Gabriel García Márquez (1927–2014) was arguably the world’s most celebrated novelist, from the publication and rampant success of One Hundred Years of Solitude (Cien años de soledad, 1967) until his death 47 years later. He was born in Aracataca, a small town on the Caribbean coast of Colombia in South America. In 1947 he was awarded a scholarship to complete his high school education at a boarding school in Zipaquirá, a very old pre-Columbian town in the country’s highlands in the metropolitan area of Bogotá. He later started to study law but eventually dropped out and began to work as a journalist, spending time in Cartagena and Barranquilla, some starving years in Paris, a year in New York and a few years in Barcelona, before settling finally in Mexico City, where he spent the second half of his life. After several of his short stories had appeared in different Colombian newspapers, García Márquez’s first novel, Leaf Storm (La horajasca), came out in 1955, followed by No One Writes to the Colonel (El coronel no tiene quien le escribe, 1961), In Evil Hour (La mala hora, 1962) and a collection of stories, Big Mama’s Funeral (Los funerales de la Mamá Grande, 1962). None of these, however, received much attention outside of his native Colombia until the publication of One Hundred Years of Solitude.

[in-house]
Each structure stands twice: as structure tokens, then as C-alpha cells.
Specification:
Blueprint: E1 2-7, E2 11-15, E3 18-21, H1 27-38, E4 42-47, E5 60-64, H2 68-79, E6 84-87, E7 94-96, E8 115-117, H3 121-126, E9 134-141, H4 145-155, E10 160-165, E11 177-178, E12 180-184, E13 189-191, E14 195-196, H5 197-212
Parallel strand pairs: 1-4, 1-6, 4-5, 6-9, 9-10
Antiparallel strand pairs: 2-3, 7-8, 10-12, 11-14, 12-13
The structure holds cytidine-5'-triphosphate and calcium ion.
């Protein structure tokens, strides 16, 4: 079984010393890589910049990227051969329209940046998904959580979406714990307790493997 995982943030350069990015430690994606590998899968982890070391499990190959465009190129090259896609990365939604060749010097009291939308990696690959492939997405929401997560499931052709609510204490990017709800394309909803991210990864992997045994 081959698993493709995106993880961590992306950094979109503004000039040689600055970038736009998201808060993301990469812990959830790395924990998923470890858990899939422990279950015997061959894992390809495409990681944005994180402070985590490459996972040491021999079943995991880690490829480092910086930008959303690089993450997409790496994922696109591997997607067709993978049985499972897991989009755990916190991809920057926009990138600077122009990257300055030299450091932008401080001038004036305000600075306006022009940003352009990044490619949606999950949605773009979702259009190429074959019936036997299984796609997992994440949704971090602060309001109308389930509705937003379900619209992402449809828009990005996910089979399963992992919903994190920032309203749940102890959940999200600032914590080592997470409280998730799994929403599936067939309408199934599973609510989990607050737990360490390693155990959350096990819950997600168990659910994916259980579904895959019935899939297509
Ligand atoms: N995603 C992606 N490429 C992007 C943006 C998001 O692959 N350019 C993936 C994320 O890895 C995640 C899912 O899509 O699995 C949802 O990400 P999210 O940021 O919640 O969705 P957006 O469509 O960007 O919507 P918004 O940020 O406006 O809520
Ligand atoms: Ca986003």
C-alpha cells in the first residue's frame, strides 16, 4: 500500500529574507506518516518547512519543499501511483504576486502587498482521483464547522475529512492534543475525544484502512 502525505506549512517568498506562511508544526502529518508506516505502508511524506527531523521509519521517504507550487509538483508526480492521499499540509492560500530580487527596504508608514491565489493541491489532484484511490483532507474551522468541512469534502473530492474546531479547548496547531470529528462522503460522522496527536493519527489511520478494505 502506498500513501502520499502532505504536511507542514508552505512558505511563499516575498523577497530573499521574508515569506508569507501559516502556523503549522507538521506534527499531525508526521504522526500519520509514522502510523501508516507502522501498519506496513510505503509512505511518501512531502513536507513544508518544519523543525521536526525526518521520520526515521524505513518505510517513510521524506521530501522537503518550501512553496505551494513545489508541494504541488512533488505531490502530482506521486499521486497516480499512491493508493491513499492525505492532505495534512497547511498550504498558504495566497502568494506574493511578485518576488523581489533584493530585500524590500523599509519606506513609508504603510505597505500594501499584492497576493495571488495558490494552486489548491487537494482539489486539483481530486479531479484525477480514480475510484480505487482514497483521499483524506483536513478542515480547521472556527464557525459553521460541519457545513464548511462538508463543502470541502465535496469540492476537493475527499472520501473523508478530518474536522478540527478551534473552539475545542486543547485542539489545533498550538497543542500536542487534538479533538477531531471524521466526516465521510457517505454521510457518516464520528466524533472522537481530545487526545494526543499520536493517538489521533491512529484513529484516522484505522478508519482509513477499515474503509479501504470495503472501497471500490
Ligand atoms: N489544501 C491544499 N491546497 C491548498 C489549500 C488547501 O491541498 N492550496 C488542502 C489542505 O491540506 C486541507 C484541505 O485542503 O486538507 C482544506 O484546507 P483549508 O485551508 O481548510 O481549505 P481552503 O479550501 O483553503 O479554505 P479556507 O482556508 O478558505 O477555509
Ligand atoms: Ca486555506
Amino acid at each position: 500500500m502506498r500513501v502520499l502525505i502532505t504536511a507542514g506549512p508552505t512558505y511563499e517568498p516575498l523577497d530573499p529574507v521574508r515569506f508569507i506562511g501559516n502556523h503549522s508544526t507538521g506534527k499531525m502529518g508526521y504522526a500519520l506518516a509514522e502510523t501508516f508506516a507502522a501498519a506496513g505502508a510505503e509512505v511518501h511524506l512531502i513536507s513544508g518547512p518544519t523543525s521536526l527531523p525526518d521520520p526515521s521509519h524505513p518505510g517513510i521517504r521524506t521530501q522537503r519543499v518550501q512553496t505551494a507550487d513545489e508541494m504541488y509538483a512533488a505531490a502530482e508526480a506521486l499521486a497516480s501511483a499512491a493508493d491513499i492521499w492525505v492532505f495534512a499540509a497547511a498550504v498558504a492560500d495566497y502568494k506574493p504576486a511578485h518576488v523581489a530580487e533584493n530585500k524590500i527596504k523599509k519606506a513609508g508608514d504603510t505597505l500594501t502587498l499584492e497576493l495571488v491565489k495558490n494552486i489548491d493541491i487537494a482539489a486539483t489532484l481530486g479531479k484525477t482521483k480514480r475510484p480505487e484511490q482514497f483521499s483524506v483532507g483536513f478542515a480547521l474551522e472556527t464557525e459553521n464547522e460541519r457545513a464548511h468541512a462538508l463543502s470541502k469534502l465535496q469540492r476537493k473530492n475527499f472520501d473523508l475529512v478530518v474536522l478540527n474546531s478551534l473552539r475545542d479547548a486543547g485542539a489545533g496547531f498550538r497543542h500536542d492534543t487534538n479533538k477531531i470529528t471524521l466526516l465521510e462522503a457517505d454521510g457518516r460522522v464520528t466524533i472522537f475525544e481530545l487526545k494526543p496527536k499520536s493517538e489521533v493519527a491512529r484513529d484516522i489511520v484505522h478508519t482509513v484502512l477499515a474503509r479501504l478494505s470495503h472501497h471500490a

Swipe to navigate through the chapters of this book
Please log in to get access to this content
- Macmillan Education UK
- Sequence number
- Chapter number